Methods have been devised whereby the persistence of foreign antigens in mice can be detected. A highly diffusible, blue azo dye, echt-säure-blau was coupled to bovine γ-globulin and human serum albumin and injected into the animals. In this way deep blue tracer antigens were obtained. These were promptly stored in cells widely distributed throughout the body, especially in the reticulo-endothelial elements of the liver, spleen and mesenteric lymph nodes. The dye as such was not stored but rapidly excreted.
A blue coloration in the organs just mentioned was still perceptible after 85 to 120 days in the case of the azoglobulin and 36 to 44 days in that of the azoalbumin. To determine whether these substances had actually persisted, as well as to learn how long uncoupled globulin and albumin remained after injection, recourse was had to the phenomenon of reversed passive anaphylaxis, which was found to be characterized by extraordinary changes in the vessels of the ears (EVR) in the mouse, plainly visible under the microscope when called forth by an antiserum specific for the antigen to which the animal had been sensitized. So sensitive is the vascular response that as little as 0.5 to 0.1 µg. of protein as antigen, previously injected into the peritoneal cavity of a 30 gm. mouse, can be detected a few days later by an intravenous injection of antiserum.
By means of the EVR the globulin antigen has been detected in the blood and livers of injected mice for as long as 56 and 101 days, respectively; the albumin and azoalbumin for only 21 and 36 days. In the mesenteric lymph nodes of injected mice the albumin and azoalbumin antigens were found after 42 and 44 days, respectively.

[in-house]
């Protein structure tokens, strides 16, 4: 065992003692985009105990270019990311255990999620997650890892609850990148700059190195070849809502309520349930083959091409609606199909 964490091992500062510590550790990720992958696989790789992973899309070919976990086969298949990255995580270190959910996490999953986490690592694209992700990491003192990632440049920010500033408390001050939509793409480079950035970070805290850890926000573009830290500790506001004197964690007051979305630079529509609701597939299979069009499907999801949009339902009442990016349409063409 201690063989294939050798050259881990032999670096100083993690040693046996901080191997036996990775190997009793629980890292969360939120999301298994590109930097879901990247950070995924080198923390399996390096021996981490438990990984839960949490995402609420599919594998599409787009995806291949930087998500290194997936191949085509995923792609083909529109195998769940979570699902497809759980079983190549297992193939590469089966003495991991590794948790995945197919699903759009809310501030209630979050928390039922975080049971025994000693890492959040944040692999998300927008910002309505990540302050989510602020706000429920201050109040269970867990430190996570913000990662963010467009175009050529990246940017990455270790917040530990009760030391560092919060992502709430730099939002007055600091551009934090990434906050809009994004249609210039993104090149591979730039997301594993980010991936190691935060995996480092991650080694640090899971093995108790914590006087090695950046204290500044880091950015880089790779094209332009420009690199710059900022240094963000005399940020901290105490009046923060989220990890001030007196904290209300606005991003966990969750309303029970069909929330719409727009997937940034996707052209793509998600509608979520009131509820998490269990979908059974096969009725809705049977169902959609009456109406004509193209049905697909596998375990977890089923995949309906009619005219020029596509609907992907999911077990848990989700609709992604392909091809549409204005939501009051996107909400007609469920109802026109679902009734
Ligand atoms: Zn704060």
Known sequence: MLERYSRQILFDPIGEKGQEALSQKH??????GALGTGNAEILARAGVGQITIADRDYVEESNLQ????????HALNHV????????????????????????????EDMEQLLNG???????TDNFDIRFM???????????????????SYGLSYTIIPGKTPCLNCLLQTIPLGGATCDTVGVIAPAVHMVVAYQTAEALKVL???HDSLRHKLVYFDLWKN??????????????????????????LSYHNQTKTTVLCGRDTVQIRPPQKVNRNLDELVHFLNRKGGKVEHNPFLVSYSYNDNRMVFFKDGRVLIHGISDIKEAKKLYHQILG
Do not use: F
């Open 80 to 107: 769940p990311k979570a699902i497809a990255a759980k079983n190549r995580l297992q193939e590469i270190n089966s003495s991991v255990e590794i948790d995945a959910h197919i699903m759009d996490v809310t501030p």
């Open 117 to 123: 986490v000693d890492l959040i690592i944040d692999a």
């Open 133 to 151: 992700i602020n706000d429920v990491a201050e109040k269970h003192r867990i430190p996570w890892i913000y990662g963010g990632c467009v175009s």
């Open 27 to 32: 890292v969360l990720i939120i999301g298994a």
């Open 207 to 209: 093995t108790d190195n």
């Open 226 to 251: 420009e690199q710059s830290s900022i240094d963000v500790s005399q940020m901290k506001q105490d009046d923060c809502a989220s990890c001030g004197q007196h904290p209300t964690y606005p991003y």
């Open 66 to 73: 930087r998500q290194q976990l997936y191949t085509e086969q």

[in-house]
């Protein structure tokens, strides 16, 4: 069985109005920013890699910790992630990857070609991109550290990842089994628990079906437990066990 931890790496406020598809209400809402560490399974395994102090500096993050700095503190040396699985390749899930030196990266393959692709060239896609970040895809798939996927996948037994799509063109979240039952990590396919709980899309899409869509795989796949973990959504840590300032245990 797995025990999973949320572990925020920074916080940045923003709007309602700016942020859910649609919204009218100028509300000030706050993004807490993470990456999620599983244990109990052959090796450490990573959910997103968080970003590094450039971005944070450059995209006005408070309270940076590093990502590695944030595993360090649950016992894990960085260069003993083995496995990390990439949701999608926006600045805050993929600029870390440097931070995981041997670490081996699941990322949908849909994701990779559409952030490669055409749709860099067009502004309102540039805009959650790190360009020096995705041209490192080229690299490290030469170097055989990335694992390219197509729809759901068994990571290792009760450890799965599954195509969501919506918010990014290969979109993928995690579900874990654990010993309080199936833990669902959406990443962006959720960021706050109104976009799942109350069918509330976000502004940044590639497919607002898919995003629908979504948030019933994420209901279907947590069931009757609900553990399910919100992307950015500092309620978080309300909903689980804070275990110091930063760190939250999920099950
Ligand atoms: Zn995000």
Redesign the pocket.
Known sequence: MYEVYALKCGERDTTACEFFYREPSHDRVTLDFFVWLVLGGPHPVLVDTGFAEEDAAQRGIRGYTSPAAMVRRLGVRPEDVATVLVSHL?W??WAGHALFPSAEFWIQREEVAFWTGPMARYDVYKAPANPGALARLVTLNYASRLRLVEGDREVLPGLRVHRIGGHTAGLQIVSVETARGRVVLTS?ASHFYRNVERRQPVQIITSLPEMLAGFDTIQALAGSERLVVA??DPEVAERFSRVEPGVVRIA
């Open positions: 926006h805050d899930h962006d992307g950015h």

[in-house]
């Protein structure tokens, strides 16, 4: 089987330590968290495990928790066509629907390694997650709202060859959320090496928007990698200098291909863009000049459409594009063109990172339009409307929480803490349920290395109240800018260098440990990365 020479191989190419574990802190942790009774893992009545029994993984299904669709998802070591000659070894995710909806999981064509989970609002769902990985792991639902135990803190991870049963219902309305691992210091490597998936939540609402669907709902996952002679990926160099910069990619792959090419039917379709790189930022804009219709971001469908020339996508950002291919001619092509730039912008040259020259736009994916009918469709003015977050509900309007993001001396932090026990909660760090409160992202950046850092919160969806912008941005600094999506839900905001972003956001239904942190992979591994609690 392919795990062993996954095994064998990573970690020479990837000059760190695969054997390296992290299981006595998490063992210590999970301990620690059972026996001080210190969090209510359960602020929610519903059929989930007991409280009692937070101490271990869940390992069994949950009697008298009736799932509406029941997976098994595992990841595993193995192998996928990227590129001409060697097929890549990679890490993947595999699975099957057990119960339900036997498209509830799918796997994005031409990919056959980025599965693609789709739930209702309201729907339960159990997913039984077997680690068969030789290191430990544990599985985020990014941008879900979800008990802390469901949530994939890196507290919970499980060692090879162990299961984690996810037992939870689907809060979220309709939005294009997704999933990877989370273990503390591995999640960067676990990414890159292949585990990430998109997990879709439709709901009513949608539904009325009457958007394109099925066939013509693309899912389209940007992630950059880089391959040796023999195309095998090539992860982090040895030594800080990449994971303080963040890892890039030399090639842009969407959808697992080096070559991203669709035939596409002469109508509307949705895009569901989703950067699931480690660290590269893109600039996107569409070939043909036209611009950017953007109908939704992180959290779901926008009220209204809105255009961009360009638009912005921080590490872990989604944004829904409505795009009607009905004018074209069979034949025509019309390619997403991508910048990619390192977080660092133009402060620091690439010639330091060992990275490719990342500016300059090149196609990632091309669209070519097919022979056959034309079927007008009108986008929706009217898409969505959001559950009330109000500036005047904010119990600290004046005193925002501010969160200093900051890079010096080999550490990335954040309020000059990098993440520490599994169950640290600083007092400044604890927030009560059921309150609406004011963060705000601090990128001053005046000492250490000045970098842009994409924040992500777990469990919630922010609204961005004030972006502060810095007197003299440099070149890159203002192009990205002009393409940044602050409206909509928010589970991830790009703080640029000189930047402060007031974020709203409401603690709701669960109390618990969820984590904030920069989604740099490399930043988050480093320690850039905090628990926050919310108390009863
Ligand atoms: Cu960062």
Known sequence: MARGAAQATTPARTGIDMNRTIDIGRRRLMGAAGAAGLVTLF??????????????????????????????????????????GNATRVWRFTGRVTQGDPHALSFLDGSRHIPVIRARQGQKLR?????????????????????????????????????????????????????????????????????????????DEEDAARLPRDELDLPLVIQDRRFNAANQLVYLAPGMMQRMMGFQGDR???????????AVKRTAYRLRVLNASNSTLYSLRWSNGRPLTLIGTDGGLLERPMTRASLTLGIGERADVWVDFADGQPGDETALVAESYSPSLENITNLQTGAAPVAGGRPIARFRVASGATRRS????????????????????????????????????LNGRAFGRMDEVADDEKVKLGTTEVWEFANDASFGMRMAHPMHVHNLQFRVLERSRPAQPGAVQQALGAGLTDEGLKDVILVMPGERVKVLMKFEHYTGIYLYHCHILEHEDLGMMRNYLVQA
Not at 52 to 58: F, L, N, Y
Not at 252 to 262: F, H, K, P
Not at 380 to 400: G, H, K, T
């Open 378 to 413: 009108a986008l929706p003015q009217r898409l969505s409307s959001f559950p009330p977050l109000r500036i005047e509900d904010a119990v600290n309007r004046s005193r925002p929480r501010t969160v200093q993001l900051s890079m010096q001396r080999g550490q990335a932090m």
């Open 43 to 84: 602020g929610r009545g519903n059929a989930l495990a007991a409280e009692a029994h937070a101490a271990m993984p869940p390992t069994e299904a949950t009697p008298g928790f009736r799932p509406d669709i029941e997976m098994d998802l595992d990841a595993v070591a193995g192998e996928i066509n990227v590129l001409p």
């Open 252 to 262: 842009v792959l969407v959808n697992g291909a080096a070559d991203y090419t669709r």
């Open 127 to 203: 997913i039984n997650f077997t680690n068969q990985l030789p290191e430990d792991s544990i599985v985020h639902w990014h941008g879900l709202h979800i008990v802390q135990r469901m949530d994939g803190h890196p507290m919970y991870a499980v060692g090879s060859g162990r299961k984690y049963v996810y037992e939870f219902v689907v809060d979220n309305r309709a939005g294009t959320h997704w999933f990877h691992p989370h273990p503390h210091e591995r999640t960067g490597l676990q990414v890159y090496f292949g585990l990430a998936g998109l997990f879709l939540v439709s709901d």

The hepatic tissue and that of the mesenteric lymph nodes of mice injected with azoalbumin, containing in consequence stored blue material, when transferred to recipient mice yielded positive tests for antigen (EVR) as long as blue color could be perceived in these tissues with the unaided eye, or at low magnification. After the color had disappeared from the tissues the transfer tests were found to be negative. This fact speaks for the antigenicity of the colored material.
In summary it is plain that certain antigenic proteins, after introduction into the blood stream of mice, are stored in certain tissues and that they may persist there for weeks or even months, far longer than has generally been supposed. This persistence of antigen within the body, especially after detectable amounts of antigen have apparently disappeared from the blood, provides a reason for prolonged antibody formation, a phenomenon for which no adequate explanation has hereto been offered.